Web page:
Taiwan Faces Two Chinas; Beijing Is Divided on Closer Relations

Article excerpt

Byline: Randy Schriver, SPECIAL TO THE WASHINGTON TIMES

With the signing of the Economic Cooperative Framework Agreement (ECFA), we have further evidence that rapprochement between Taiwan and China continues. Though not as meaningful as advocates would have us believe, nor as harmful as critics suggest, ECFA is nonetheless a significant economic and political milestone between the two sides of the Taiwan Strait. ECFA also comes on the heels of other positive developments between Taiwan and China, which include the establishment of direct commercial flights, increased tourism in both directions and an agreement from Beijing to allow Taiwan observer status in the World Health Assembly.

Yet, curiously, in the arena of the Chinese military buildup opposite Taiwan, there has been no progress. Quite to the contrary, the aggressive People's Liberation Army (PLA) buildup has continued unabated. In the area of ballistic missiles alone, analysts estimate approximately 1,500 missiles are arrayed against the people of Taiwan.

Why have we not seen even a modest, symbolic step on China's part, commensurate with improvements in the economic and political spheres, to reduce the military intimidation it imposes on the people of Taiwan? Understanding why the buildup continues informs policy decisions the Obama administration must face.

There are four possible explanations for the continuing Chinese military buildup.

The first is that China's fundamental approach to Taiwan - carrots and sticks - has not changed. Further, Beijing has no intent whatsoever to diminish the tools of intimidation and coercion in which so much investment has been made. Beijing's leaders understand sentiments in Taiwan better than we often give credit. And the fact remains that in the absence of military threat, the people of Taiwan would support independence over the so-called status quo. Taiwan's own Mainland Affairs Council's polling suggest that the number of people in Taiwan who support status quo now, and Taiwan independence later represent a majority and has continued to grow. Thus, Chinese leaders are forced to conclude that they must retain the military threat to keep Taiwan in check.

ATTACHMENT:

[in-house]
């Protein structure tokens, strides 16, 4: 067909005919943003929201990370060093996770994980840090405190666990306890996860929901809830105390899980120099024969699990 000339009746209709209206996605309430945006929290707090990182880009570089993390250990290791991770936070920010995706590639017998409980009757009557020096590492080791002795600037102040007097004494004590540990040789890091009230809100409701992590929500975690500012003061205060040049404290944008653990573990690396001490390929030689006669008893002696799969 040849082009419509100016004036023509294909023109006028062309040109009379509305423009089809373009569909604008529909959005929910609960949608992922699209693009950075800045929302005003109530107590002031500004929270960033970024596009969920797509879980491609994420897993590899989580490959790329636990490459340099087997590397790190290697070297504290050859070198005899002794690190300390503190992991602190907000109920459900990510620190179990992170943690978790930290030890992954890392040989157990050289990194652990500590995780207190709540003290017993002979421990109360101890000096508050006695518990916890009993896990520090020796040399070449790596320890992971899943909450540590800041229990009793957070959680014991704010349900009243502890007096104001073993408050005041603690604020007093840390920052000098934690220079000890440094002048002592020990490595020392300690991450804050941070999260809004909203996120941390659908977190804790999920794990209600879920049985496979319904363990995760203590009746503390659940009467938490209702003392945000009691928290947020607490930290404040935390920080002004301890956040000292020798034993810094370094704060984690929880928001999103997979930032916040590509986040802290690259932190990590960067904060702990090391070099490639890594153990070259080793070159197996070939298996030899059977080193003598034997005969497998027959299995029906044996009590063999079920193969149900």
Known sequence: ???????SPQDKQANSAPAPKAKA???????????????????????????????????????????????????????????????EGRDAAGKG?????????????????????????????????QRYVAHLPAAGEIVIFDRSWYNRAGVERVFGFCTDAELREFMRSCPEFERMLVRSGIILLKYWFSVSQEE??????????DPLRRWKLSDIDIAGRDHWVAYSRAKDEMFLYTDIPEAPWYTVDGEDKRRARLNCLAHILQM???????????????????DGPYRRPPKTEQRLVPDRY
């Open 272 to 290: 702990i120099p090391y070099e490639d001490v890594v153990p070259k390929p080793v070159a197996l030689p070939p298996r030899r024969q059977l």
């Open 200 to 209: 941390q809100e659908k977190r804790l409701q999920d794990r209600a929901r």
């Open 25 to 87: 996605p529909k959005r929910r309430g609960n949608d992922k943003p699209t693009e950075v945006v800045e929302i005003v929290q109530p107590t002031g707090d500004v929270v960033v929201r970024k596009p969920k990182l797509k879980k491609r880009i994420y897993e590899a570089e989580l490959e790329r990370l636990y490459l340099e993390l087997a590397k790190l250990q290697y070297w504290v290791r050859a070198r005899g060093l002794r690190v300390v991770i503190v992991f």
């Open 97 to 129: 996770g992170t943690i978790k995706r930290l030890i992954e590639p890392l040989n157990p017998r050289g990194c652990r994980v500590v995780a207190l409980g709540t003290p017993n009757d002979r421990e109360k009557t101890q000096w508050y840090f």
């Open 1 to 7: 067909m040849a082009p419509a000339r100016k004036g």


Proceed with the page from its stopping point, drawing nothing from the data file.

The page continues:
The second possible explanation is that the civilian leaders in China are unwilling (or perhaps even unable) to challenge PLA leadership. Many China analysts note growing strains in civil-military relations in China. Some of the most sensitive issues between military and civilian leadership relate to the PLA budget and justification for its continued growth. Were the PLA to acquiesce on Taiwan, it knows its resources could be threatened. It is plausible that Chinese civilian leaders are choosing not to have this fight with the PLA.

The third possible explanation is that the military buildup opposite Taiwan is really aimed at priorities well beyond Taiwan. The capabilities designed to threaten Taiwan have other uses, perhaps even against U. …